‘A travelogue and memoir to rank alongside anything by Chatwin or Thubron’ Jim Crace
‘A most absorbing and rewarding book’ Michael Palin
A moving portrait, part history, part memoir, of Sudan – once the largest, most diverse country in Africa – and its self destruction.
In 1956, Sudan gained Independence from Britain. On the brink of a promising future, it instead descended into civil war and conflict, including the crisis in Darfur that has claimed hundreds of thousands of lives and driven many more from their homes.
When the 1989 coup brought a hardline Islamist regime to power, Jamal Mahjoub’s family were among those who fled. Almost twenty years later, he returned to a country on the brink of rupture.
Rediscovering the city in which his formative years were spent, Mahjoub encounters people and places he left behind. The capital contains the key to understanding Sudan’s divided, contradictory nature and while exploring Khartoum’s present its changing identity and shifting moods; its wealthy elite and neglected poor – Mahjoub also delves into the country’s troubled history, one turbulent with the rivalry between Christians and Muslims. His search for answers evolves into a thoughtful meditation on the meaning of identity, both personal and national.
A Line in the River combines lyrical and evocative memoir with a nuanced exploration of a country’s complex history, politics and religion. The result is both captivating and revelatory.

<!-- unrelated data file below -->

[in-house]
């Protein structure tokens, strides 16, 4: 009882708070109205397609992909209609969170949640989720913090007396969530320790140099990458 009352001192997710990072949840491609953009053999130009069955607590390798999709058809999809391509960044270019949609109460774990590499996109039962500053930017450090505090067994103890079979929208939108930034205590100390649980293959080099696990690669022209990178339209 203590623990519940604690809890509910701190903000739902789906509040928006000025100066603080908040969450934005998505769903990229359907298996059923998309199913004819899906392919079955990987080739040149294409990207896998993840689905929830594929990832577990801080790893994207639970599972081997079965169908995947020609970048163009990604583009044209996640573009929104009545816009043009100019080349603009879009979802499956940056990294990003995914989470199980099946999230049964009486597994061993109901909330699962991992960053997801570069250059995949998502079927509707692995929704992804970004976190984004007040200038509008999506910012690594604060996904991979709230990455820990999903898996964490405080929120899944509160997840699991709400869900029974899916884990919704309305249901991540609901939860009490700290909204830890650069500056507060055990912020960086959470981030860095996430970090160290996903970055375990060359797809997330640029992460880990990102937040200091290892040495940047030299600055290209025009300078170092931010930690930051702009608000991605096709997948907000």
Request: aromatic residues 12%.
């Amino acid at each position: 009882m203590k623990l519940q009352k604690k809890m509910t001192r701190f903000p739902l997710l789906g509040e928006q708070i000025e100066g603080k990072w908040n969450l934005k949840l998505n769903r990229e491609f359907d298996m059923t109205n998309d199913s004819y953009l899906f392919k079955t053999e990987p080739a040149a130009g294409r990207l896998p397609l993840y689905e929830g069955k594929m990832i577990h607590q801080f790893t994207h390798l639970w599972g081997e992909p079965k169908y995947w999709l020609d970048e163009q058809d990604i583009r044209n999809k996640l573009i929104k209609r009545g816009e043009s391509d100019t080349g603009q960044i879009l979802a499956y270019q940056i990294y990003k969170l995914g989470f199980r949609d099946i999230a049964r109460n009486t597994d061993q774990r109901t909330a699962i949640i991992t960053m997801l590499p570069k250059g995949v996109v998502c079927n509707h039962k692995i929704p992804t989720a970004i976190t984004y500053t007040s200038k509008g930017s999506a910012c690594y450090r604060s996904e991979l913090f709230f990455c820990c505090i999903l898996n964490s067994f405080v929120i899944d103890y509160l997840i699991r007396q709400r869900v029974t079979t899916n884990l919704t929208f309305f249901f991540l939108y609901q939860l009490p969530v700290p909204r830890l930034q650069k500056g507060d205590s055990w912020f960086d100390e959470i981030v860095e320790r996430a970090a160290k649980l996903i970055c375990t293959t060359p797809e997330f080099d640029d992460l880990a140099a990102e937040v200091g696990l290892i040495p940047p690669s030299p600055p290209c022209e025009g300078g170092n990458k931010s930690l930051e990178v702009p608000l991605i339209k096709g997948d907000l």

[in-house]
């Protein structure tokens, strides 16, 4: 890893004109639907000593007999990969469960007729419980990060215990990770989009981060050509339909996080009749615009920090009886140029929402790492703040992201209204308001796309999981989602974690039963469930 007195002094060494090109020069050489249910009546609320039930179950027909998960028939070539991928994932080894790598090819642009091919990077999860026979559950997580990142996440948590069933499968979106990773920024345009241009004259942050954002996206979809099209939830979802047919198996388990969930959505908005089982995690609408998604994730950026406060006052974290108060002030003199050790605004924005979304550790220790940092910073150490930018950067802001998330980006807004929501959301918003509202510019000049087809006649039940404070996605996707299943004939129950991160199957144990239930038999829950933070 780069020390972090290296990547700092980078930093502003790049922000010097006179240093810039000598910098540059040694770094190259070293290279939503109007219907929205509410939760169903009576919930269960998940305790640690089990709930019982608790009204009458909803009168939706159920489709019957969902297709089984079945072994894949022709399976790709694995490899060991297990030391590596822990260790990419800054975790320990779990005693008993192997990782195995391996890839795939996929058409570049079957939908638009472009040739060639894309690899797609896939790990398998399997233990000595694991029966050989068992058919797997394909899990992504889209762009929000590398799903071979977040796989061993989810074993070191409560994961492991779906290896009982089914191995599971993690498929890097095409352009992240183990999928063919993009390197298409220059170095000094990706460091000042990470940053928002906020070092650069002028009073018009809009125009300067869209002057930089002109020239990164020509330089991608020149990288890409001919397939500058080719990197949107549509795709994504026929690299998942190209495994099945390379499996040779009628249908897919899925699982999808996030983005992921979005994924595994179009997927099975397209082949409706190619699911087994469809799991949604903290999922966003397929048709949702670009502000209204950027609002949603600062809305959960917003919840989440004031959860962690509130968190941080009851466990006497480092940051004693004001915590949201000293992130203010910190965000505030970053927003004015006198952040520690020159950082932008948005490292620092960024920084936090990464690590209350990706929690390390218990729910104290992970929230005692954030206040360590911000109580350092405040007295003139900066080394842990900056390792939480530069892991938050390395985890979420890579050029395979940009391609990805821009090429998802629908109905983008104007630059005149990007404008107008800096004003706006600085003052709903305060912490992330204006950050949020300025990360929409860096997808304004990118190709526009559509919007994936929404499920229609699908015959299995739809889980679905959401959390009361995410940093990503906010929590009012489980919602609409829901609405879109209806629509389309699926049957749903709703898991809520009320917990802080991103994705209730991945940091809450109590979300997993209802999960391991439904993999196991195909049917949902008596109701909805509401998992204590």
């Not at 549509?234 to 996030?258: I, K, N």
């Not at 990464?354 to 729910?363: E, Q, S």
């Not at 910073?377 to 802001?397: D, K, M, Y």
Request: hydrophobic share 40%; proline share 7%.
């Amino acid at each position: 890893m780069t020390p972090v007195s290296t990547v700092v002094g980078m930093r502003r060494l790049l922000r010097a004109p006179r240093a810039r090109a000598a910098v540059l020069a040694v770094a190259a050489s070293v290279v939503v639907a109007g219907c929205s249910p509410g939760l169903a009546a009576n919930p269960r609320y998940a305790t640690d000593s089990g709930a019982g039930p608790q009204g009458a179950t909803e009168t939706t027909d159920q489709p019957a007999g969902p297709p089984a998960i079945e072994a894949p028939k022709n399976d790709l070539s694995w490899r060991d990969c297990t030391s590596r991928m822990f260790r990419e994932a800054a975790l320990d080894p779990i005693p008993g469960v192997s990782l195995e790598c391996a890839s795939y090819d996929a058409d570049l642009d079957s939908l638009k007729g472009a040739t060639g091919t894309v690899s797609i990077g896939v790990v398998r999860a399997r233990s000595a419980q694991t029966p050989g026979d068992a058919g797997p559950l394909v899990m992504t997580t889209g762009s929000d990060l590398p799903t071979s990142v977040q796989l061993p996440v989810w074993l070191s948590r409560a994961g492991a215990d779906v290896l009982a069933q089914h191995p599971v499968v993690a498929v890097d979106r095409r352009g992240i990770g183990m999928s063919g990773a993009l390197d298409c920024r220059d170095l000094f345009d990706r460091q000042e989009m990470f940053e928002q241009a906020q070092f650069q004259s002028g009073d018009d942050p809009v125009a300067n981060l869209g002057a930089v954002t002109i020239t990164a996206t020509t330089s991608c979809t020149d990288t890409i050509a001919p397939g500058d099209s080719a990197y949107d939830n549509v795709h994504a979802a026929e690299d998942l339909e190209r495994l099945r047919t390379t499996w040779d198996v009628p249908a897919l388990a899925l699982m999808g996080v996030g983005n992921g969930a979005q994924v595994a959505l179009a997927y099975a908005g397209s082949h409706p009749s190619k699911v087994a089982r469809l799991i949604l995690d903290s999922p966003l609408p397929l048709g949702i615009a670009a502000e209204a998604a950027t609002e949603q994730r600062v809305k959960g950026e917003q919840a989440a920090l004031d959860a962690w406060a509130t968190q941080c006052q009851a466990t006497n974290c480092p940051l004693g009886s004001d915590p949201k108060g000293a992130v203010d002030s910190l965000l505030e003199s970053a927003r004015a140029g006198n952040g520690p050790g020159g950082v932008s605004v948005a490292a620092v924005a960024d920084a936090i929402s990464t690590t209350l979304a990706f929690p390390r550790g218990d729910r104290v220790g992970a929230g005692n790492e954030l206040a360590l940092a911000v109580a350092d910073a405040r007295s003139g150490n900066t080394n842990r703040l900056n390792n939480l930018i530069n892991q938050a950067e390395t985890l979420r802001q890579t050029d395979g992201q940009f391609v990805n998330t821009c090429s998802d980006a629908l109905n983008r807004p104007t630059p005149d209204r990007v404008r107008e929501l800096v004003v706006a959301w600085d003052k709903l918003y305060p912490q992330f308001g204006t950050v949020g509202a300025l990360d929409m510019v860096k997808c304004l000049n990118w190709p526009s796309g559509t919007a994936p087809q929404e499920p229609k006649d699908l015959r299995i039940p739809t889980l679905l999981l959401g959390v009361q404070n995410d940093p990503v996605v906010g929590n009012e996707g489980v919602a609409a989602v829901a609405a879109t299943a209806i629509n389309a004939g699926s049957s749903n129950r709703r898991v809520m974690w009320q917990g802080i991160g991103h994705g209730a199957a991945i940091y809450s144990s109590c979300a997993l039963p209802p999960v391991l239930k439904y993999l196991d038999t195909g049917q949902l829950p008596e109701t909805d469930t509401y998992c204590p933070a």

- For fans of Suketu Mehta’s Maximum City (20,000 TCM), Katherine Boo’s Behind the Beautiful Forevers (30,000 TCM) and William Dalrymple’s In Xanadu
- South Sudan is the first county in six years that the UN has declared to be in famine. This book is timely and important.
- Jamal Mahjoub was born in London, before being raised in Khartoum.
- Fleeing Sudan after the coup of 1989, he eventually came to England, before moving to Amsterdam. He combines the perspective of an outsider and of a native.
“Jamal Mahjoub’s absorbing portrait of Khartoum is equally as intimate and painfully detached as the writer’s own relationship with his birthplace. Both his city and his book are enthralling in their complexities and their subtlety. A Line in the River provides an enticing first encounter for those readers who have never seen the confluence of the Niles – but it is also an affecting and heartfelt reminder, for those of us who have passed time in Khartoum, why it is we long and fear for it so deeply. I have been waiting
more than fifty years for this book” – Jim Crace
Jamal Mahjoub was born in London and spent his formative years in Khartoum, Sudan. Since then he has settled in a number of cities, including London, Aarhus, Barcelona and, more recently, Amsterdam.
The author of seven novels, his work, fiction and non-fiction, has been critically acclaimed and widely translated. He has published six crime novels featuring private detective Makana, using the pen name Parker Bilal.